1) Without the establishment handpicking a shortlist of individuals to represent you in Congress or in the White House, who would endorse to be the next president of the United States in 2024? Who currently represents you and your community, working in Congress, and what specific legislation have they passed or are they trying to push into law?
2) If you are not actively committed to researching and educating yourself about the daily legislations and bills being written, rejected, and passed in the state and federal government, you are not taking your voting rights seriously. Relying on local and cable news, and political pundits often leave you repeating words of individuals who may hold biases, issuing half-truths and misleading talking points.
3) If you cannot list at least five bills passed over the last five years, which have impacted you directly, you are not taking your voting rights seriously.
4) If you do not know the individuals responsible for creating the legislation, which has impacted you over the last five years, you are not taking your voting rights seriously.
5) If you can list five bills passed over the last five years, which have impacted you directly positively or negatively, but you have never taken the time to read the legislation, and you have no idea what the legislation says, most likely your opinions and feelings about these bills are not your original views. Expressing the opinions of others while debating about legislation you have never read often means you are not taking your voting rights seriously.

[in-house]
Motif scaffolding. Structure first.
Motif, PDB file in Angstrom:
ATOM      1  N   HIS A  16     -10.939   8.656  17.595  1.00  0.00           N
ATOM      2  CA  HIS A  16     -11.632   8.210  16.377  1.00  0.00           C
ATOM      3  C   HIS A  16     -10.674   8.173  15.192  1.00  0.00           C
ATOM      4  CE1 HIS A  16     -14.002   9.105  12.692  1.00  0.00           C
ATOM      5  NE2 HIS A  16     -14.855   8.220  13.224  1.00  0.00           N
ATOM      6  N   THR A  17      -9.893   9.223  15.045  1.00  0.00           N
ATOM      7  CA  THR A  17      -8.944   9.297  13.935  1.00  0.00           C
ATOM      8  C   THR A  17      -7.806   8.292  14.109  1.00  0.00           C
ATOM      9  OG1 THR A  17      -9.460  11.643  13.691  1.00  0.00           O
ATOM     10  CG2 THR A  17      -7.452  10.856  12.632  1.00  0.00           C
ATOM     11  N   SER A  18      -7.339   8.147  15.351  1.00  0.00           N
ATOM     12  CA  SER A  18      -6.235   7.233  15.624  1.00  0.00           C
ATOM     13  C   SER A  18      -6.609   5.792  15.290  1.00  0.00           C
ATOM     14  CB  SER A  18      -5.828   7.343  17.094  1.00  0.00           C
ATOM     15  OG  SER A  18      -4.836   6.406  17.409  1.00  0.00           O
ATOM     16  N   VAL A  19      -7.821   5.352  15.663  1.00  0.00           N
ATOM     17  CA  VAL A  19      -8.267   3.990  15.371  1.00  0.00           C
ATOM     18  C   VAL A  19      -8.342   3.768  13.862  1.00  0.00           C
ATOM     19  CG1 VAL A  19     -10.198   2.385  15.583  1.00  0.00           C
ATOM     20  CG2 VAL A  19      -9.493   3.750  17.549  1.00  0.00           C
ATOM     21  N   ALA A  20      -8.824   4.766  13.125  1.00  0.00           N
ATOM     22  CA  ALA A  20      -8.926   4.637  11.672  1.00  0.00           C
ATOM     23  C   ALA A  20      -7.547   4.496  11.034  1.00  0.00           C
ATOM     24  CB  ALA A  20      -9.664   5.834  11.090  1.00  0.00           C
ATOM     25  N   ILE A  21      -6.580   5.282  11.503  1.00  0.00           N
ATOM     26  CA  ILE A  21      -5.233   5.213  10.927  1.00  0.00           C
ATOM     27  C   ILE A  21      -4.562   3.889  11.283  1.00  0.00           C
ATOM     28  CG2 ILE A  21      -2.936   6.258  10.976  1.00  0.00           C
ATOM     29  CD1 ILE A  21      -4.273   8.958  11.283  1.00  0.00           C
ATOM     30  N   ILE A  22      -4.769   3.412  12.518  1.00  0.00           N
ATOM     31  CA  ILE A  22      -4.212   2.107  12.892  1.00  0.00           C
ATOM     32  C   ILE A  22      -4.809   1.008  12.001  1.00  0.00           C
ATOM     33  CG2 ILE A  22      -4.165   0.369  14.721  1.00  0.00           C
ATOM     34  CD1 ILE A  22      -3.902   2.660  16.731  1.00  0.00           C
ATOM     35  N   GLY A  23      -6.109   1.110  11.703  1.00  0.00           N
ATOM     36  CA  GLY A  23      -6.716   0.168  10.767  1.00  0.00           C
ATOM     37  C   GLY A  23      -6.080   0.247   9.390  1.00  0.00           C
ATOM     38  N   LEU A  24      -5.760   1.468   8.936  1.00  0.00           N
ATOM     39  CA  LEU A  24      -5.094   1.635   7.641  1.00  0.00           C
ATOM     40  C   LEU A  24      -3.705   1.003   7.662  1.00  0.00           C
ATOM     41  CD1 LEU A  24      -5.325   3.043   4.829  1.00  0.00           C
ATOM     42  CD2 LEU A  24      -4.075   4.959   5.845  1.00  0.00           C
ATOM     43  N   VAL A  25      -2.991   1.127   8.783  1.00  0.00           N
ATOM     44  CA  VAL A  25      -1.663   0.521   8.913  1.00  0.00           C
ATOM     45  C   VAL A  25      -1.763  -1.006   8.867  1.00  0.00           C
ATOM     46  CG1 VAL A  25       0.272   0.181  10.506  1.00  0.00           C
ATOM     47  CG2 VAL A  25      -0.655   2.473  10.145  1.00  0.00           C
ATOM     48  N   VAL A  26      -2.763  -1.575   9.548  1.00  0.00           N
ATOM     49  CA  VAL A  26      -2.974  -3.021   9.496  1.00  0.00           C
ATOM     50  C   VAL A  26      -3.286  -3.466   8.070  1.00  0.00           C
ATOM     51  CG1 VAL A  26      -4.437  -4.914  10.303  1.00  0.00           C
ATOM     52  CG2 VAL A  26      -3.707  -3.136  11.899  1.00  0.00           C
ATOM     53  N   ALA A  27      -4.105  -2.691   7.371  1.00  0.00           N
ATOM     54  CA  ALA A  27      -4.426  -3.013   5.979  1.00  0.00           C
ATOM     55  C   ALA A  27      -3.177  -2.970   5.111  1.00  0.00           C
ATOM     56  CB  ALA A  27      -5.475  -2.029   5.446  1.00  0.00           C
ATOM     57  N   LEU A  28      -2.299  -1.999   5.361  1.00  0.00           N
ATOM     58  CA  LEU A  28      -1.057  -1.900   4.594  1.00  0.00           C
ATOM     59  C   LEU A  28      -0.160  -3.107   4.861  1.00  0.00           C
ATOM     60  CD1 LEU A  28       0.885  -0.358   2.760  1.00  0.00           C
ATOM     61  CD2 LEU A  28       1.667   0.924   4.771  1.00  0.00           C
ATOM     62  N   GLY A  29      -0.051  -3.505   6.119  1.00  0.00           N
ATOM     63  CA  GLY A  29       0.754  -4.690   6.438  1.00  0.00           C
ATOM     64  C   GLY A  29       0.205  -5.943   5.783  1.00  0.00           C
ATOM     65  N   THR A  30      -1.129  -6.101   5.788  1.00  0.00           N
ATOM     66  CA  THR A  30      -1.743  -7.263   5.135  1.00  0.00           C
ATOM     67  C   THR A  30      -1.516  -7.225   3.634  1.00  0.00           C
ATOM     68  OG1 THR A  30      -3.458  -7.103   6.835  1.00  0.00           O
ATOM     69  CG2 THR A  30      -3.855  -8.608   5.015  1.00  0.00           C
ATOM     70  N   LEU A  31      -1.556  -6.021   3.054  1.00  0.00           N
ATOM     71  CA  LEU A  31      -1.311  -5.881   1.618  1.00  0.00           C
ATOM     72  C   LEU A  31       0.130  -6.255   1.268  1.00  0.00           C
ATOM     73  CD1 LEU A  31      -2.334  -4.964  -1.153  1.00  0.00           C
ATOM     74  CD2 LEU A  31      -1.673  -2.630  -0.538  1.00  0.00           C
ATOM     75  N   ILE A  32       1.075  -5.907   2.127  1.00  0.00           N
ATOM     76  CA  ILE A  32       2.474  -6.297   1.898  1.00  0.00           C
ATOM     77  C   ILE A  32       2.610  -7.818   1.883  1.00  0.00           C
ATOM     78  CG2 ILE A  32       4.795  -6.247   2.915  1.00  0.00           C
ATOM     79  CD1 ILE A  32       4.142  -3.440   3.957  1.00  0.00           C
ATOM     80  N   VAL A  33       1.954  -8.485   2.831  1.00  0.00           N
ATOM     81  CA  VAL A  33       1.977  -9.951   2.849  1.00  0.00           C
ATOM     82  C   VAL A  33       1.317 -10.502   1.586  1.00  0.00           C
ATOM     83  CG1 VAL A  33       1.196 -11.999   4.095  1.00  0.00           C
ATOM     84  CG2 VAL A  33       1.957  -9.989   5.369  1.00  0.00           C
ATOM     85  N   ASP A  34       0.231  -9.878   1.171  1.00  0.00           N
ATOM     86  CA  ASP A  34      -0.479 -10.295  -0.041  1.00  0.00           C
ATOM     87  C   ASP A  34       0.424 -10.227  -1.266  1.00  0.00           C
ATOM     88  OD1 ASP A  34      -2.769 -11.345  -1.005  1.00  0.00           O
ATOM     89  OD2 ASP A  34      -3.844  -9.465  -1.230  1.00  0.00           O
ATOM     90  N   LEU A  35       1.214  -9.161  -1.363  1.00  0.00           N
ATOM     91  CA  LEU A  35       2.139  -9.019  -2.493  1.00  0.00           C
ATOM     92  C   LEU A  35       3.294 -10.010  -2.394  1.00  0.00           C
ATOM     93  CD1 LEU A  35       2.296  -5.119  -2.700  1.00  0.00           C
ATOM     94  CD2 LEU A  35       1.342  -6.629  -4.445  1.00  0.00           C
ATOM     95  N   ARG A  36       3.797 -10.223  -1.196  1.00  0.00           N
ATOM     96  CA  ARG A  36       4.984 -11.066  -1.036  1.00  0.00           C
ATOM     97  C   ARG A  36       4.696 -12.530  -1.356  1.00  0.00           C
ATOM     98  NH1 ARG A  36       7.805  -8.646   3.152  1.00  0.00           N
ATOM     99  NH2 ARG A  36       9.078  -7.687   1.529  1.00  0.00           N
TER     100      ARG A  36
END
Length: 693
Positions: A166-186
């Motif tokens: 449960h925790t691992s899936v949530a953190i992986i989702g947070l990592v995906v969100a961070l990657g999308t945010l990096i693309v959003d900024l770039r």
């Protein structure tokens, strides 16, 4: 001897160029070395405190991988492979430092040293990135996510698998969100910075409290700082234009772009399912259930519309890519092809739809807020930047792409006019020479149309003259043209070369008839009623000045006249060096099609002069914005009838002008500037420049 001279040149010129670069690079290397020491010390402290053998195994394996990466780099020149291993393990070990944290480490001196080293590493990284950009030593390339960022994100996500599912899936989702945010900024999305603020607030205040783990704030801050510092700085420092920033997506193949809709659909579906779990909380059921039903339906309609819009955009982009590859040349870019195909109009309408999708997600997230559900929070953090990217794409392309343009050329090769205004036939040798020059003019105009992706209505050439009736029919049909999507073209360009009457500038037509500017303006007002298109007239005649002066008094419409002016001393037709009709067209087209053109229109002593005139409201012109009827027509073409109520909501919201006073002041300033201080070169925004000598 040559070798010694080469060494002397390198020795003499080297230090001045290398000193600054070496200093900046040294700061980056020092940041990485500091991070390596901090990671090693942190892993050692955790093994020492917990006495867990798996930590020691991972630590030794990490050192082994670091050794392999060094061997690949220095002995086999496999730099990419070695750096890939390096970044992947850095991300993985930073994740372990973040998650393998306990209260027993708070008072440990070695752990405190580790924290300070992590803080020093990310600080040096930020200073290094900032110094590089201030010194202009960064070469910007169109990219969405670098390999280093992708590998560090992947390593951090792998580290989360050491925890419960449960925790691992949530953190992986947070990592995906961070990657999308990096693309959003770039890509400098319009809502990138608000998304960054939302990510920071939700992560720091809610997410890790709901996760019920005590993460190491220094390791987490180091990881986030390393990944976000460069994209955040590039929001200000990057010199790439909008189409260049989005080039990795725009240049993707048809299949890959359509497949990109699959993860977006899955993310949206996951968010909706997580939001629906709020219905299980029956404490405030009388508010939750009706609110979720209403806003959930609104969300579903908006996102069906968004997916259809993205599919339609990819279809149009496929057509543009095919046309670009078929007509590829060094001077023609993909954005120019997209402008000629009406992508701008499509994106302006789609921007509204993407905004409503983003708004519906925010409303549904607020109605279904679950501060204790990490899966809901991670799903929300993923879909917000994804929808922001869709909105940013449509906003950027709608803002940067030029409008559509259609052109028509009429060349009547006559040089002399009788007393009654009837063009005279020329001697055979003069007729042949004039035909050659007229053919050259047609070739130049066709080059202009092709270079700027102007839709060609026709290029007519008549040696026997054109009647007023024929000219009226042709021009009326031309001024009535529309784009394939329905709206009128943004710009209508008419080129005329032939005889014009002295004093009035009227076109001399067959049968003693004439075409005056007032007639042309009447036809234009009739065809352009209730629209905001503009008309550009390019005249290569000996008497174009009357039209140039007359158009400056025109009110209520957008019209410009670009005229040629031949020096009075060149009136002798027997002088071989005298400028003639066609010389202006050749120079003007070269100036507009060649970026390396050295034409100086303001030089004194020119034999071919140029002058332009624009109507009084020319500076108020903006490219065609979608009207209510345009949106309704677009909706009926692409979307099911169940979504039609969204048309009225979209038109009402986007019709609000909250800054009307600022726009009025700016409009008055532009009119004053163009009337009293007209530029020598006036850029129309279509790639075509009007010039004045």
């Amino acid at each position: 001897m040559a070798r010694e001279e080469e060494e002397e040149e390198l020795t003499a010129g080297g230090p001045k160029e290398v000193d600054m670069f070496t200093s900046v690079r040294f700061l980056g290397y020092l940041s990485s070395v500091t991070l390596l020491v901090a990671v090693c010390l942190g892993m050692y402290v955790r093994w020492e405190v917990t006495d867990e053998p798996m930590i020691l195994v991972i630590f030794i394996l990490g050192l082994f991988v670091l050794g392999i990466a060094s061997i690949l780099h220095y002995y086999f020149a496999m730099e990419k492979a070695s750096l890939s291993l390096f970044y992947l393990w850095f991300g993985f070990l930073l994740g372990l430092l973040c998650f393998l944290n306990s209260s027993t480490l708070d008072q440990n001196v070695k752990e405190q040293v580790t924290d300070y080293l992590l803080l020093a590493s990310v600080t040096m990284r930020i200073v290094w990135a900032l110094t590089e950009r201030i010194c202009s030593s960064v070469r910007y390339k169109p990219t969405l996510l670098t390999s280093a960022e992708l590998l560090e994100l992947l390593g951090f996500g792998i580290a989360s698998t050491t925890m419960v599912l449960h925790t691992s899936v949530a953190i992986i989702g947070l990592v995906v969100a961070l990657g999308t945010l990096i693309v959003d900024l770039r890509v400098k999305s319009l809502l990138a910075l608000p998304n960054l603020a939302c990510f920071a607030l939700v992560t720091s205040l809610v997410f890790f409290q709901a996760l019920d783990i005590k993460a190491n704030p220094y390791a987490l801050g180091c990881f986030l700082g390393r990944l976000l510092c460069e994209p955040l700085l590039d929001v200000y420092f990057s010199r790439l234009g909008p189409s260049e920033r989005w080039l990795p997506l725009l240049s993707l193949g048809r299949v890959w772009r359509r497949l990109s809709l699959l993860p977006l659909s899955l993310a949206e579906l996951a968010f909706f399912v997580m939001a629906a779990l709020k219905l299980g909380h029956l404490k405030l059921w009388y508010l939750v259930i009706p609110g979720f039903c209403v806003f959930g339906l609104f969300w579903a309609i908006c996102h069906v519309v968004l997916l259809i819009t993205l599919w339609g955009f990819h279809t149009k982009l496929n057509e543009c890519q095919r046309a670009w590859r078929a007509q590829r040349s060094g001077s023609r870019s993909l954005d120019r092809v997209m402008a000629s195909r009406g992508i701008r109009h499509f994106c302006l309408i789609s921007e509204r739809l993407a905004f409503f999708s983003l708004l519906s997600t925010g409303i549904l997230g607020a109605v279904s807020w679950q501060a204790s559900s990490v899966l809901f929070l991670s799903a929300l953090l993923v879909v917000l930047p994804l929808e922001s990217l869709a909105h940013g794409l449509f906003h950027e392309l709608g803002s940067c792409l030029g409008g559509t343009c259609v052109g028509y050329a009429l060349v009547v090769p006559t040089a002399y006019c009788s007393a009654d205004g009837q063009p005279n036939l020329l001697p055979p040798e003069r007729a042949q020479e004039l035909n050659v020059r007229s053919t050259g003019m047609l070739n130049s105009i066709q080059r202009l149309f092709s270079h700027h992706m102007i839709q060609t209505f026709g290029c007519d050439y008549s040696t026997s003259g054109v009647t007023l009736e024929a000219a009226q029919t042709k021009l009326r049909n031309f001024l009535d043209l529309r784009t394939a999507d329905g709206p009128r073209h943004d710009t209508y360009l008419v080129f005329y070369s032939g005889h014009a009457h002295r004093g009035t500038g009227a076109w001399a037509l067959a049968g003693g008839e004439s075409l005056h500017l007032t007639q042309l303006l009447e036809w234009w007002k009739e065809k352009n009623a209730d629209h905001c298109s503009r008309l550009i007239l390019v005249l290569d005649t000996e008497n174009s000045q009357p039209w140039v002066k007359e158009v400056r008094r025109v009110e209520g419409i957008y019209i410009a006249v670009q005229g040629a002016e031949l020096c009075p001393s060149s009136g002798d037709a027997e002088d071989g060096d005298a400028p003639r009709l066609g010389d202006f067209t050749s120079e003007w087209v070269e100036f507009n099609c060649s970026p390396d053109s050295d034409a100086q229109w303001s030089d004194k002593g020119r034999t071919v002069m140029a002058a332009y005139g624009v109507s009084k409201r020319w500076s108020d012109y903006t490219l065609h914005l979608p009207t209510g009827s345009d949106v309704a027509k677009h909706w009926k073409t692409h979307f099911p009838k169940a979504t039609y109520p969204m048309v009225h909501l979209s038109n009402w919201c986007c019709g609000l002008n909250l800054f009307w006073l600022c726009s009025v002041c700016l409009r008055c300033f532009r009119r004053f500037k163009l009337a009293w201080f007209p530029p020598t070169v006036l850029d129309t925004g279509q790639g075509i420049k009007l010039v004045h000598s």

6) If you often wait for the establishment to hand-pick candidates for you to vote for, you never take the time to learn about those candidates and their voting history and accomplishments, never take the time to examine the legislations which they have created or championed, and you only rely on one-sided media programming to present political stances, then you are relying on the media alone to shape your image and perception of the candidates, and you are not taking your voting rights seriously.
7) If you vote regularly but often find yourself not being able to list one accomplishment of the people you are voting for, you are not taking your voting rights seriously.
8) If you voted in a previous election, and you cannot list five bills, which the individual(s) for whom you voted for has written, passed, or rejected, you are not taking your voting rights seriously.
9) Can you name three state and three federal bills that were passed over the last 20 years that have improved your life directly? If so, do you know the individuals responsible for introducing these legislations and the individuals who supported them? Do you know the individuals who were in opposition to these legislations?
10) If you think you are obligated to vote for the lesser of two evils and you think people died for you to vote without an agenda, you are not taking your voting rights seriously. It’s ok to hold your vote for leverage during an election so that you can display more power in future elections.
Tracking Tools & Resources
“Yesterday in Congress” provides easy access to legislation introduced, reported, passed, and considered by the full House or Senate each legislative day. Totals for This Congress are calculated below. The most recent legislative business day is listed first. Note that bills may pass in both the House and Senate on the same day, so daily totals might not equal the sum of House plus Senate totals. Bills the president has acted on are in the last column. https://www.congress.gov/bills-with-chamber-action/browse-by-date